It depends on your perspective. Women as ceos are becoming a larger part of the corporate landscape. While the percentage of women at the top of Fortune companies is still low, the number of women in senior roles is increasing. Aside from being viewed as trailblazers, it is also creating a different mindset in younger employees, the so-called millennial generation who see women as ceos as nothing special or unusual. They’ve grown up seeing more and more women in senior roles

So is this a good or bad? We believe it’s both, bad because we still have a long way to go as women at the top are still very rare; good because it’s not viewed as unusual or unexpected which will in the long term create more opportunities as organizations become more willing to give women a shot.

For younger women this represents a great opportunity to change the paradigm in their thinking to help more of them view this as a valid and realistic career objective. To encourage this, women as ceos really need to make a concerted effort to engage and support upcoming younger employees. Many times people in senior roles can themselves become barriers to innovation and growth. They get stuck in their ways and don’t seem flexible.

Younger workers however are inquisitive and interested in growth, learning and development. They want to create the next Apple or Google. They are impatient and not likely to want to wait around. Women as ceos will need to make special efforts to give them a forum or they will turn away and leave.

More senior women have often faced barriers and subsequent frustrations in their search for career growth and opportunities. They still view women as ceos as an unrealistic career objective. Many feel that the game is stacked against them. They also may believe that successful women don’t do enough to help others reach their levels. To help change this thinking and provide them with more opportunities, women as ceos should continue to focus on becoming positive role models for these women.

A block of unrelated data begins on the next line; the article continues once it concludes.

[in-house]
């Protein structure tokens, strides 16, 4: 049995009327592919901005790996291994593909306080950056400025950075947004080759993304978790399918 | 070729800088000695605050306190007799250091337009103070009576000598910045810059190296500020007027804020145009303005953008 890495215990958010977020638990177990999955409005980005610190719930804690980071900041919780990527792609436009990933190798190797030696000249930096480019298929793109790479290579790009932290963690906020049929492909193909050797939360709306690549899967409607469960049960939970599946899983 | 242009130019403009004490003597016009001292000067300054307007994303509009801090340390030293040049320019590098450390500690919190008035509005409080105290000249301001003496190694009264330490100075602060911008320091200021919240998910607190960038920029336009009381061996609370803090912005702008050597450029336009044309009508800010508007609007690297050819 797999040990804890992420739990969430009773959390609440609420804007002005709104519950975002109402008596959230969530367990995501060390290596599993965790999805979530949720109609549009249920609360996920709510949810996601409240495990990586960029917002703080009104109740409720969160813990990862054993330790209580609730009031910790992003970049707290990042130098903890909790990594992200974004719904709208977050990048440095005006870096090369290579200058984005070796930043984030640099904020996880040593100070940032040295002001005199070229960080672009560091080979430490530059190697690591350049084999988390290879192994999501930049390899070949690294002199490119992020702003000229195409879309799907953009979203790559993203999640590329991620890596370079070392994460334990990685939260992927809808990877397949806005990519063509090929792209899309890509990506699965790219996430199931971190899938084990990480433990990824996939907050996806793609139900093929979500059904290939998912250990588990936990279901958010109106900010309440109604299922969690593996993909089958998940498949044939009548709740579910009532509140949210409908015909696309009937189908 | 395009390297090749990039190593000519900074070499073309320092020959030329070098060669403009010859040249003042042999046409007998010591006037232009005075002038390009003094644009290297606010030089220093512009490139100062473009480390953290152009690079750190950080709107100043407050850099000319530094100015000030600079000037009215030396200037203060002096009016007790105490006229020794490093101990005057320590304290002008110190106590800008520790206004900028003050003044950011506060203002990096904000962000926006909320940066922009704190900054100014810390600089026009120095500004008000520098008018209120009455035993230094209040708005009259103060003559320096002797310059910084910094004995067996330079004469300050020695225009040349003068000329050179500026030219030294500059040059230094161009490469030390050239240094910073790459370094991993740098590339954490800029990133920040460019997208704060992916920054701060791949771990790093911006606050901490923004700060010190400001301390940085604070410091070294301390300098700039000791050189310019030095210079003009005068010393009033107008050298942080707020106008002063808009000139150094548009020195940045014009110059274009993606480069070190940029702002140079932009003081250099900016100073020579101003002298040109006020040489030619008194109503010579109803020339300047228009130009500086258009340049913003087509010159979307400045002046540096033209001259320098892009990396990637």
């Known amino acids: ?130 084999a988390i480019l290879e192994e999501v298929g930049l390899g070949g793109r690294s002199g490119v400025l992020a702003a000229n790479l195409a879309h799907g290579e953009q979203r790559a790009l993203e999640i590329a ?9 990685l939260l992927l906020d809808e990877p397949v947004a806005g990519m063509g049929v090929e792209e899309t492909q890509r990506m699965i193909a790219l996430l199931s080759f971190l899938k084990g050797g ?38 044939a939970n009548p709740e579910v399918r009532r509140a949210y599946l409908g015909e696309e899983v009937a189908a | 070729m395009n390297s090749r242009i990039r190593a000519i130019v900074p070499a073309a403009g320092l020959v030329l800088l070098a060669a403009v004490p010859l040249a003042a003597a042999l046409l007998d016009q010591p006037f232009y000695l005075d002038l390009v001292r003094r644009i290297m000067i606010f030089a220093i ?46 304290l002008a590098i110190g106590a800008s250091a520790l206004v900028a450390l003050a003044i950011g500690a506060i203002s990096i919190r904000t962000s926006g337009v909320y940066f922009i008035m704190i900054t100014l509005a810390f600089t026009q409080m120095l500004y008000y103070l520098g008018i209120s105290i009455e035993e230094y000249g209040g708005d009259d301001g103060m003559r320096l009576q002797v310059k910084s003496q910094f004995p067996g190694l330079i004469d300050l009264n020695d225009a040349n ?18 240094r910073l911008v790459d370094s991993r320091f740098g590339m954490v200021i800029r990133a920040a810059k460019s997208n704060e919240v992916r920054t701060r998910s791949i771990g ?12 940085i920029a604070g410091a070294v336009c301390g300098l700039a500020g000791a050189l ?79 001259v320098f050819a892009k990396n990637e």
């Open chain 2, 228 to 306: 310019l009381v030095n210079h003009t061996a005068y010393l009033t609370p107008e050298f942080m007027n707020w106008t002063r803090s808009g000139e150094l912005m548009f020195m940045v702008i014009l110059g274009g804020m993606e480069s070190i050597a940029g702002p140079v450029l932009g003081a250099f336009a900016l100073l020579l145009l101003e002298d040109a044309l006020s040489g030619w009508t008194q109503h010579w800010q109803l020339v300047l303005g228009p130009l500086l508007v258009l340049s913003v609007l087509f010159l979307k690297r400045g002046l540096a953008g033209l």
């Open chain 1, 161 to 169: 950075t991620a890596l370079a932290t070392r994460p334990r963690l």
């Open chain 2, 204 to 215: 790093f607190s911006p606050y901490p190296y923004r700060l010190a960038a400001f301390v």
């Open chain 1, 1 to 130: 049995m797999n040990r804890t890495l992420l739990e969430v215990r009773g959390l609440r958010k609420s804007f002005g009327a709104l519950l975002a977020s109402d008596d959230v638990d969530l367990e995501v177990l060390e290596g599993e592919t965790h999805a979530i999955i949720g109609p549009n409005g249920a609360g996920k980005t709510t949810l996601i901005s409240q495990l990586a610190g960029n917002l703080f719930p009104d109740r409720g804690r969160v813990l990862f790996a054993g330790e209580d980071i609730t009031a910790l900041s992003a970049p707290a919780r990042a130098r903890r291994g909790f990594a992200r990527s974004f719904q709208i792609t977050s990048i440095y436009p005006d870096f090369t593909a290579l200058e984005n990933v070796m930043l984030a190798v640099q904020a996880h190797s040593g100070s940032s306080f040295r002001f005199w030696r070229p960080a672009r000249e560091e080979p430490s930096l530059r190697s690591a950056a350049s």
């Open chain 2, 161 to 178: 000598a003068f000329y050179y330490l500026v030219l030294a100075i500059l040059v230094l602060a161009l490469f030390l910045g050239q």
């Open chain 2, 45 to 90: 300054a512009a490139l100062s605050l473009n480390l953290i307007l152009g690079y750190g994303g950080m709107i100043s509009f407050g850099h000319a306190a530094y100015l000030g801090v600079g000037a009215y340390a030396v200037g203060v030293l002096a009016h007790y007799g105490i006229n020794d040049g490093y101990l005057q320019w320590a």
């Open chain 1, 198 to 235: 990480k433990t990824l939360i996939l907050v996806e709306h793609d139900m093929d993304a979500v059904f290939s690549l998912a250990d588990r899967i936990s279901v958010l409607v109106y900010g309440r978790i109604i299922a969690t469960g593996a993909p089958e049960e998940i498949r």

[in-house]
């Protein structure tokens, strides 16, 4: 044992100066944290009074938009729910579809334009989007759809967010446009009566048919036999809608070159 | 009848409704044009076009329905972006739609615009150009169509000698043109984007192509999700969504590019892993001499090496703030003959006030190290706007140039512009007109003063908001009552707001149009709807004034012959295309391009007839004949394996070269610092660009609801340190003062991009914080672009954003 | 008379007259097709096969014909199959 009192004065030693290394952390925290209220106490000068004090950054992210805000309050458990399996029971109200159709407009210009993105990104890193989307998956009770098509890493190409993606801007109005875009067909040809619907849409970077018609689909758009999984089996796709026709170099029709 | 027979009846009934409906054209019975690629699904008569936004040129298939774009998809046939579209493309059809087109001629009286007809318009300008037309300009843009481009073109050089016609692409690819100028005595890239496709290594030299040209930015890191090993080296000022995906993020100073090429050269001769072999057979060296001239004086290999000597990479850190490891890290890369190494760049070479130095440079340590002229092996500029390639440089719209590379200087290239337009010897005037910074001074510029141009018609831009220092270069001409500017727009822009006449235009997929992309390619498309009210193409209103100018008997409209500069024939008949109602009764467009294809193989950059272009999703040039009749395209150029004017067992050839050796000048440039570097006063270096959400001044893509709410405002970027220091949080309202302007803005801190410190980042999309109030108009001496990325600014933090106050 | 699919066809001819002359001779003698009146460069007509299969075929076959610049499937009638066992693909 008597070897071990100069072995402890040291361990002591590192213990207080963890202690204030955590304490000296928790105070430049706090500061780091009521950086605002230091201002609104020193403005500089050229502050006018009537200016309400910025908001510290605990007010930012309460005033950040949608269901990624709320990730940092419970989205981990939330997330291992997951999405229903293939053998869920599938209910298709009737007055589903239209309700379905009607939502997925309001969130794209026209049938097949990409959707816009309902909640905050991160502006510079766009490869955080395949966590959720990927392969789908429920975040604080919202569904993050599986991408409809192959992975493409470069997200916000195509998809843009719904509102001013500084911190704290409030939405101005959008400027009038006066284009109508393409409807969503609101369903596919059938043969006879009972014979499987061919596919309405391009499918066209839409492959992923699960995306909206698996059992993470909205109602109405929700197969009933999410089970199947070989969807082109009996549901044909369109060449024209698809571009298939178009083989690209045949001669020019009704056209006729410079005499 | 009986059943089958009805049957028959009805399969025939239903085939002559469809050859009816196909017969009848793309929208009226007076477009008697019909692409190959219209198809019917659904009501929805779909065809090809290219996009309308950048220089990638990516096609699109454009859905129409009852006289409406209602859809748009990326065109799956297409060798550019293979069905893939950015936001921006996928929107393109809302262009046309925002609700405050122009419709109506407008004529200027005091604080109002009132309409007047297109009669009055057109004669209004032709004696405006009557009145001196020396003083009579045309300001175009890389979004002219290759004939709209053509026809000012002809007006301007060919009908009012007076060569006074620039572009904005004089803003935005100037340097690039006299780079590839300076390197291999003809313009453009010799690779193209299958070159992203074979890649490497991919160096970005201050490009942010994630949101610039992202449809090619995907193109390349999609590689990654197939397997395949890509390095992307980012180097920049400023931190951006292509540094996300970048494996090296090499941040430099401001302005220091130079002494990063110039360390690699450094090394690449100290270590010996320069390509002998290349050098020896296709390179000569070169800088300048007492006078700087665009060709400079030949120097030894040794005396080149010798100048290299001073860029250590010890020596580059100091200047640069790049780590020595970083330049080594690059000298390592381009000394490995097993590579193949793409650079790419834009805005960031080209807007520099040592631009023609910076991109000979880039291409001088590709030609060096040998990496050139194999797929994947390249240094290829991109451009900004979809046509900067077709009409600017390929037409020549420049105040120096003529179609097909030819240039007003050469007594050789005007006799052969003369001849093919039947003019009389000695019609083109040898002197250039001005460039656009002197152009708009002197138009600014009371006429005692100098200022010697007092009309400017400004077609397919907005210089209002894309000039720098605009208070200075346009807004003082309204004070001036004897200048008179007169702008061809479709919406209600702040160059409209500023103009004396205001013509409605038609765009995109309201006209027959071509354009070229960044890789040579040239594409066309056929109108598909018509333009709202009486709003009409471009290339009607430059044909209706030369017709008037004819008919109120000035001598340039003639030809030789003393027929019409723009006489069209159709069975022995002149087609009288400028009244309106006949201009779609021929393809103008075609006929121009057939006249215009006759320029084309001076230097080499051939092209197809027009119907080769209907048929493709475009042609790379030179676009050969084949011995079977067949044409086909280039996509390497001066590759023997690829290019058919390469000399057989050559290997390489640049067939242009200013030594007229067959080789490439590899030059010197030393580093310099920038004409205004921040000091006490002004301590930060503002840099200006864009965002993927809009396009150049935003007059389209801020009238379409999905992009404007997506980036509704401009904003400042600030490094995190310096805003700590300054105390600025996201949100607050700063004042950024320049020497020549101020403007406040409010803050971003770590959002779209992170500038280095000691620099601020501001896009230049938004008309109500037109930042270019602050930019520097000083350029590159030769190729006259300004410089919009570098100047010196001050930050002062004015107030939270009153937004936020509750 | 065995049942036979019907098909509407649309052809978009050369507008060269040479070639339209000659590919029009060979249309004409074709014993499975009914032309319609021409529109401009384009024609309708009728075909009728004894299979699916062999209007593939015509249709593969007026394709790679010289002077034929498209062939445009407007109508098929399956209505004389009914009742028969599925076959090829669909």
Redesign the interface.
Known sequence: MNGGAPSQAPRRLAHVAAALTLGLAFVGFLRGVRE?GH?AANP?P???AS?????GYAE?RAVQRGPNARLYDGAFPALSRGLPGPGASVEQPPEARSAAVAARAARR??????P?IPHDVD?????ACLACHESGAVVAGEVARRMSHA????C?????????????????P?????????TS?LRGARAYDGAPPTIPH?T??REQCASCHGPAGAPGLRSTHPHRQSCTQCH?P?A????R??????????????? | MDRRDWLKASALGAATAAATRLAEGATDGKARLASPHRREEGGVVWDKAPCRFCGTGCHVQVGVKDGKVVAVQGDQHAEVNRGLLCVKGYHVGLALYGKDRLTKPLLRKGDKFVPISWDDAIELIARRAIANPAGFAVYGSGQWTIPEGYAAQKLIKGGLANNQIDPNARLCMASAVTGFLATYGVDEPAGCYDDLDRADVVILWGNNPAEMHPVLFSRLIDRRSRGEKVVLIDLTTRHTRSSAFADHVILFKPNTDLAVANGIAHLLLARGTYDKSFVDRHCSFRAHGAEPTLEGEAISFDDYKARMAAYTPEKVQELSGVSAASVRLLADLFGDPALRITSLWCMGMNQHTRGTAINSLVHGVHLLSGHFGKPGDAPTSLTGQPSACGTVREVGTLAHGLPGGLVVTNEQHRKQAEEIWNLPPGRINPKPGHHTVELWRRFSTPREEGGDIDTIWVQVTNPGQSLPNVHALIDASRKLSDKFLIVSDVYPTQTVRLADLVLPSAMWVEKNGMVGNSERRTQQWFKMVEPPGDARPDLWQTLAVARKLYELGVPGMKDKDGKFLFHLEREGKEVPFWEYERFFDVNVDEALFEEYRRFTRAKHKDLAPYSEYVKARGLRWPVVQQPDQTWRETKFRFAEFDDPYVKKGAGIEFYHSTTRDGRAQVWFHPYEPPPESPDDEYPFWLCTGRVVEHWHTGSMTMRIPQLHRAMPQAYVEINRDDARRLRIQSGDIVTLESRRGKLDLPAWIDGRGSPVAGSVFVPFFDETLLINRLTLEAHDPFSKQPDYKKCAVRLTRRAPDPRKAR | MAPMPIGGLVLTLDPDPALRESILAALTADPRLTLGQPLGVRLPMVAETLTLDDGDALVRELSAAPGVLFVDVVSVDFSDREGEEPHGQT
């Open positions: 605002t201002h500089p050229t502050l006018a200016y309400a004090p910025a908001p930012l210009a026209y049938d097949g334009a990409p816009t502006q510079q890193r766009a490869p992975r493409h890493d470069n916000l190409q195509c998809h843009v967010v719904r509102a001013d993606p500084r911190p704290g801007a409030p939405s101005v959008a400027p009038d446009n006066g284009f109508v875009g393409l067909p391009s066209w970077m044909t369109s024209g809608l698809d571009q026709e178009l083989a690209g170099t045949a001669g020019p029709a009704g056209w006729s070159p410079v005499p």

Reach out to them and encourage them to seek the more increasingly available positions for women towards the top. The message should be – Now is not the time to give up; now is the time to push your way through. Let me show you how.

With these various points of view, women as CEOs should take a more proactive view of diversity. Not just diversity in demographics but in thinking, ideas, interest, etc. They have experienced the positive and negative results of women moving toward the top and have a unique perspective. The goal for women as ceos is to leverage this experience to improve the path for others. To create opportunities for others to join them and achieve their own goals.

One area where they can make the most impact is with career choices. Women as ceos are good at finding what they do best. How to put themselves as well as others into jobs that make sense and give the greatest opportunity. Where they can use their best skills. It’s not just getting the brass ring but the journey to get there. They can be helpful in advising others on what positions, opportunities they should go for, based upon their own experiences as well as their talent and interests.

Would you like to start solving some of your toughest business problems? Looking for problem solving strategies or a methodology to help? Follow this link to find resources that can help you solve your toughest business problemsWayne Tarken is a performance coach and business adviser to business leaders and employees. He helps them increase their performance and get better results. He has spent many hours trying to find the most effective ways to solve the most ingrained propblems. He has made all of the mistakes that you have or will make in the future. Why not learn from his mistakes? He created this short article to help you save time and find what you want.
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